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Latest asylum statistics for 36 industrialized nations

Briefing notes

Latest asylum statistics for 36 industrialized nations

19 September 2006

The downward trend in asylum applications in most industrialized countries continues unabated, according to the latest UNHCR statistical report being released today. The report, based on provisional data provided to UNHCR by governments, indicates that during the first six months of 2006, a total of 134,900 asylum applications were submitted in Europe, North America, Australia, New Zealand and Japan. This represents a drop of 14 percent compared to the same period last year, when 156,300 applications were recorded. Asylum applications lodged during the first half of 2006 are 15 percent lower than the previous semester (July to December 2005), when 158,800 applications were registered.

Last year saw the lowest number of asylum seekers in industrialized countries since 1987. Figures for the first half of this year point to 2006 reaching yet lower records.

In Europe, a total of 97,000 new asylum applications were submitted during the first six months of 2006, 19 percent fewer than during the corresponding period in 2005 (120,200) and 21 percent fewer than in the previous six months.

A similar trend was recorded in the 24 countries of the European Union for which data are available, with a 20 percent fall in new asylum applications (89,200) compared with the first six months of 2005 (112,200) and a 21 percent drop compared with the previous semester.

Over the past few years, 80 percent of asylum requests in industrialized countries were made in Europe. Europe's share has now declined to roughly 70 percent of asylum applications in the 36 industrialized countries included in the UNHCR report.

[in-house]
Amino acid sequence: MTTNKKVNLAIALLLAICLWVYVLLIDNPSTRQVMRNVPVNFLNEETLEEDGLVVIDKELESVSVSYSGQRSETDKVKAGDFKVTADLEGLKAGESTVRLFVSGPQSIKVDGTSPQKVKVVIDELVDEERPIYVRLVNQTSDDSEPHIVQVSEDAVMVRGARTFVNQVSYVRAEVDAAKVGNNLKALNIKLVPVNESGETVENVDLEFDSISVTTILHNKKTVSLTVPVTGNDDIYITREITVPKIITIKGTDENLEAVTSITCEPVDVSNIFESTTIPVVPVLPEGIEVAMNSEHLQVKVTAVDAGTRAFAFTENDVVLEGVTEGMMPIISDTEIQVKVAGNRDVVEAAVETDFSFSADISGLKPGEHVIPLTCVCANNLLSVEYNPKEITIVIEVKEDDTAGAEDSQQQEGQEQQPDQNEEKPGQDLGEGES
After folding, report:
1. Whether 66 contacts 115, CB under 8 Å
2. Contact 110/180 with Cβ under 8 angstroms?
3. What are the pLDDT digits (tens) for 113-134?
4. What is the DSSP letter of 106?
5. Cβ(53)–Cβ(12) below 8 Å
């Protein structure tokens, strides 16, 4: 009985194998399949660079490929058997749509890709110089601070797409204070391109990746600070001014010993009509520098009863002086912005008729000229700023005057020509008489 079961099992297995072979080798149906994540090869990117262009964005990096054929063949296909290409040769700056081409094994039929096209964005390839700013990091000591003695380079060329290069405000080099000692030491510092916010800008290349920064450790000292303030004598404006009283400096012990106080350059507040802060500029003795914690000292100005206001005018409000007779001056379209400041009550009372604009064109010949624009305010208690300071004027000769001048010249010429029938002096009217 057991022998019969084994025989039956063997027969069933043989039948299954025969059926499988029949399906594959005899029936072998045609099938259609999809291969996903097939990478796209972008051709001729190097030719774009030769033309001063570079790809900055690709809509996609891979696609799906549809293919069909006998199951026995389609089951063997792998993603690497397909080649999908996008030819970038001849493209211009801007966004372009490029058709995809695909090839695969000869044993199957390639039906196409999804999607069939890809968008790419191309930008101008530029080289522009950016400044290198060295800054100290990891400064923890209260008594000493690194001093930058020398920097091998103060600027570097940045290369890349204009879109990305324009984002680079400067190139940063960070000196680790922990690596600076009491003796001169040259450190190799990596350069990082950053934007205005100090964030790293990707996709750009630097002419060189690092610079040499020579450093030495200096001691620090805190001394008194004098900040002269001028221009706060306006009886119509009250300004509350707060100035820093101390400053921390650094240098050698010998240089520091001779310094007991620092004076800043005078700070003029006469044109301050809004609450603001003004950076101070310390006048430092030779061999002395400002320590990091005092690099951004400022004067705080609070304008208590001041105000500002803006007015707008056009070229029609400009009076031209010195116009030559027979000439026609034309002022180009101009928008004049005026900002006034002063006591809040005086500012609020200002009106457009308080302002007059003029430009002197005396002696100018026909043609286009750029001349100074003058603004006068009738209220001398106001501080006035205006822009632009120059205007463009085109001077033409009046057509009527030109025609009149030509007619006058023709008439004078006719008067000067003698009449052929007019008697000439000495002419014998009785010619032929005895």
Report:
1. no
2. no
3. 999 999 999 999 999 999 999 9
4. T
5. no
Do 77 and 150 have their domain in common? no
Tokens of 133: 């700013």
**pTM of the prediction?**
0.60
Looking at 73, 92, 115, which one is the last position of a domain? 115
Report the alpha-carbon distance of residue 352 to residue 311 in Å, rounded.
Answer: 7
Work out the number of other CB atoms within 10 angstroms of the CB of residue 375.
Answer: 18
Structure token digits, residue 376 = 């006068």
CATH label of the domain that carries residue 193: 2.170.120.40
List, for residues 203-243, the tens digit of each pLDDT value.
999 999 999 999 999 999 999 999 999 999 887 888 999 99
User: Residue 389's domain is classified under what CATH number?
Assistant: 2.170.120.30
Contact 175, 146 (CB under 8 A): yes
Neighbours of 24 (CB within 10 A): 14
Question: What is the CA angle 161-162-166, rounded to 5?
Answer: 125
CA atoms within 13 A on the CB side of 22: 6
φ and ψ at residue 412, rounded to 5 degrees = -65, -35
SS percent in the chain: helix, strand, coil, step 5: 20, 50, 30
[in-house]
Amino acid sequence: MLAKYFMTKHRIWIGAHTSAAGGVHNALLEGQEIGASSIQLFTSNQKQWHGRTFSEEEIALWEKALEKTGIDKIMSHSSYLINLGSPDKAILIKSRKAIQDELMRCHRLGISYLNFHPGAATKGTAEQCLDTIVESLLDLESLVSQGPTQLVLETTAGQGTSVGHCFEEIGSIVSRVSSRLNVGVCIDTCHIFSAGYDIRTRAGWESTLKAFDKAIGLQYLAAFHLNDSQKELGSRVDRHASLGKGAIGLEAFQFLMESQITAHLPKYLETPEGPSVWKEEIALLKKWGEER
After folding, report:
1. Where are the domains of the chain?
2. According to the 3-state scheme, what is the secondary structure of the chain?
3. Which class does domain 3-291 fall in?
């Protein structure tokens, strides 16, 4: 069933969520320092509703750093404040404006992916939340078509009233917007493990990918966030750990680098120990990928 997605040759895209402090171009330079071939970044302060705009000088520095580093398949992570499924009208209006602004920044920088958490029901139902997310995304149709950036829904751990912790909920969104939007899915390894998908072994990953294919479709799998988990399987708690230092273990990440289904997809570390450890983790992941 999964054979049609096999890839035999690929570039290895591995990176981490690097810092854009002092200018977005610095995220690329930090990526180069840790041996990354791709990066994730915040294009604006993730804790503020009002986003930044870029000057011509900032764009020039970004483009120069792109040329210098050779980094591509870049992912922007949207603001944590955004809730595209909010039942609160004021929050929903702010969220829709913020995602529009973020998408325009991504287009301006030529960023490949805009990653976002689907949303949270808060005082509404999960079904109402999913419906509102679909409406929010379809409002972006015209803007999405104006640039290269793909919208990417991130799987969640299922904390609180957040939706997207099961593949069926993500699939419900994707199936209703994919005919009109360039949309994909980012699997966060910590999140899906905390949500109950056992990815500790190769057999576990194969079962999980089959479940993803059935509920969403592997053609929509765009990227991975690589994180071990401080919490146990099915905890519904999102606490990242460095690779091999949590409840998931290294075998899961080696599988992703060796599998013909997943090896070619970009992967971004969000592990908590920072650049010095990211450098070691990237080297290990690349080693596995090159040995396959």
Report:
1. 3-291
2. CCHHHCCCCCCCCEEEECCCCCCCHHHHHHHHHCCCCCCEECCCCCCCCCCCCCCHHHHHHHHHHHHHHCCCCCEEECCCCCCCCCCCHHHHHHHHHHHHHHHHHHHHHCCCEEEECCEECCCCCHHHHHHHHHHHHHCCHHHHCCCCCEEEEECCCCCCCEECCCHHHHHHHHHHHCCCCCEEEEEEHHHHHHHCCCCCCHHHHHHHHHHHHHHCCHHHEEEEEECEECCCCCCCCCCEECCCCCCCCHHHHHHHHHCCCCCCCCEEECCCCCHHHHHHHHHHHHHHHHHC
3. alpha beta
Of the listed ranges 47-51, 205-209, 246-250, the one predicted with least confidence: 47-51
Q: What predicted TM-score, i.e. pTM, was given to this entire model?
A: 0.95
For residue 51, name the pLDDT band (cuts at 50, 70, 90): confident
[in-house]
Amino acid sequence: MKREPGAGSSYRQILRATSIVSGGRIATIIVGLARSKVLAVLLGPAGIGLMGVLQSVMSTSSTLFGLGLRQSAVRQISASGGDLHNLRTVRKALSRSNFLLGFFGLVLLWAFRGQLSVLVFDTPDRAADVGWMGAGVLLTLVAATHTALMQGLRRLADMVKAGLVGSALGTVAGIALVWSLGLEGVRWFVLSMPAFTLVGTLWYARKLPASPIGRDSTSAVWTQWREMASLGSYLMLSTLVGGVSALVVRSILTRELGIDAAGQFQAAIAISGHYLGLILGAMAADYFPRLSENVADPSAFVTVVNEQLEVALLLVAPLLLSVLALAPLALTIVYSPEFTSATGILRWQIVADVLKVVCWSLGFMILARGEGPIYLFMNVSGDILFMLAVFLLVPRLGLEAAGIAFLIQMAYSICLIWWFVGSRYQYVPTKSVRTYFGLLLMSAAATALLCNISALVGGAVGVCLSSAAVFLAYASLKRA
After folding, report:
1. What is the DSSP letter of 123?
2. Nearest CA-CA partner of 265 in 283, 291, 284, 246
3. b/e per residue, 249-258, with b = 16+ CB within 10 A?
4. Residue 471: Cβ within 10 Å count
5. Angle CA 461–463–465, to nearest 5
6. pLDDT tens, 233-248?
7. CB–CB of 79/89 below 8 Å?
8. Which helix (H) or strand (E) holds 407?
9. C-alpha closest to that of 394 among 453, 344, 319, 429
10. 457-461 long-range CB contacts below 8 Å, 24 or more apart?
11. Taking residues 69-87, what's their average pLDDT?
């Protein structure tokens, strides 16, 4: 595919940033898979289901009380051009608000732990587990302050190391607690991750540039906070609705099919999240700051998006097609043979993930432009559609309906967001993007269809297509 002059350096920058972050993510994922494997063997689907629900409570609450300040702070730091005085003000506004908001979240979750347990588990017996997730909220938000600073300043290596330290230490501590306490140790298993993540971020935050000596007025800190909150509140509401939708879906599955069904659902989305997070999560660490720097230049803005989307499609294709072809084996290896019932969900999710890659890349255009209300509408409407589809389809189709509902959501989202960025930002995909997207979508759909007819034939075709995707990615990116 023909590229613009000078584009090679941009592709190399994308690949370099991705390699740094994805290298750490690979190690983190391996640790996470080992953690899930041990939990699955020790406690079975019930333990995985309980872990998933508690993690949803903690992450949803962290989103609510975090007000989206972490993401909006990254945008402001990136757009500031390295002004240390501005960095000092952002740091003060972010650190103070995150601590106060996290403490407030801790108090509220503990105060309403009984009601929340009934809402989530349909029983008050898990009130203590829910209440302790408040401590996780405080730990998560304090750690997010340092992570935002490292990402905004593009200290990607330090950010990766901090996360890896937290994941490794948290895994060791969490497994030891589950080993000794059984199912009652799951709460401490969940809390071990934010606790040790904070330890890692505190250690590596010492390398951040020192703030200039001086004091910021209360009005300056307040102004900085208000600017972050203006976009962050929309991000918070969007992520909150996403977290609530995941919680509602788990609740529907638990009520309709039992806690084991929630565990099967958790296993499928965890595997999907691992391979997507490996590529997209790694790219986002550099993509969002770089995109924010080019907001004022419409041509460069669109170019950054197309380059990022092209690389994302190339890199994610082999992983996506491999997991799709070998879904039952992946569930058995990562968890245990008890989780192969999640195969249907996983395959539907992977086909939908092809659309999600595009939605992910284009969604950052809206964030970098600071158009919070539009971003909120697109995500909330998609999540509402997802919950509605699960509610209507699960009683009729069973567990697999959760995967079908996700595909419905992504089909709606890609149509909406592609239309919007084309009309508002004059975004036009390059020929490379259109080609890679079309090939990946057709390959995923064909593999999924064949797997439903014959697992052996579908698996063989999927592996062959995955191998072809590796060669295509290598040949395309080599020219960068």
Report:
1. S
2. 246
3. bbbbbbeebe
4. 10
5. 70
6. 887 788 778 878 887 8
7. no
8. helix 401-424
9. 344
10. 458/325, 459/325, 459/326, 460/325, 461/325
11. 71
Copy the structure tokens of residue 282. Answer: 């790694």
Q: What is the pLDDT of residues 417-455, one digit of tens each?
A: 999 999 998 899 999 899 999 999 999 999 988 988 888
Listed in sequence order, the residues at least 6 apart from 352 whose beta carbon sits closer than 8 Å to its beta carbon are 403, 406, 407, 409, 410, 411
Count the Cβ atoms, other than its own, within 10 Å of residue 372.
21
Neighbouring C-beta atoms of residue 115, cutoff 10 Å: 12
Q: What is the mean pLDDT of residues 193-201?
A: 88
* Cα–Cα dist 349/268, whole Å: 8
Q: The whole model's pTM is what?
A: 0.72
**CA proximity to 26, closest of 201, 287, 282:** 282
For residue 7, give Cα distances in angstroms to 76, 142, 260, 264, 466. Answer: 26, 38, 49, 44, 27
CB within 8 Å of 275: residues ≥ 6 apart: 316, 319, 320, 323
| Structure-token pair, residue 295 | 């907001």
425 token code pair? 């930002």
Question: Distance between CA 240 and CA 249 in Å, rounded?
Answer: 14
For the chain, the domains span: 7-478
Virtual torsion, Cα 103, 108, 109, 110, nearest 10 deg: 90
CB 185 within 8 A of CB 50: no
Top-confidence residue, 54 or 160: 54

At the same time, North America's share has increased from about 20 percent of all applications in industrialized countries to nearly 30 percent during the first semester of 2006. The share of Australia and New Zealand, on the other hand, has remained fairly stable at about 1 percent of all applications in industrialized countries. The changes are the result of fewer people applying for asylum in Europe. This can be attributed to a large extent to the introduction of more restrictive asylum policies across the continent, as well as to improved conditions in some of the main countries of origin of asylum seekers.

The United States received the largest number of asylum applications - 25,500 or 19 percent of the total number of applications lodged in industrialized countries, followed by France (16,400), the United Kingdom (13,900), Germany (10,600) and Canada (10,100). The main countries of origin of asylum applicants were China (8,800), followed by Iraq (8,500), Serbia and Montenegro (8,000), the Russian Federation (6,900) and Turkey (4,600). Among the few nationalities recording a rise in applicants were Iraqis, recording a 25 percent increase over the previous six months and up almost 50 percent over the same period a year ago.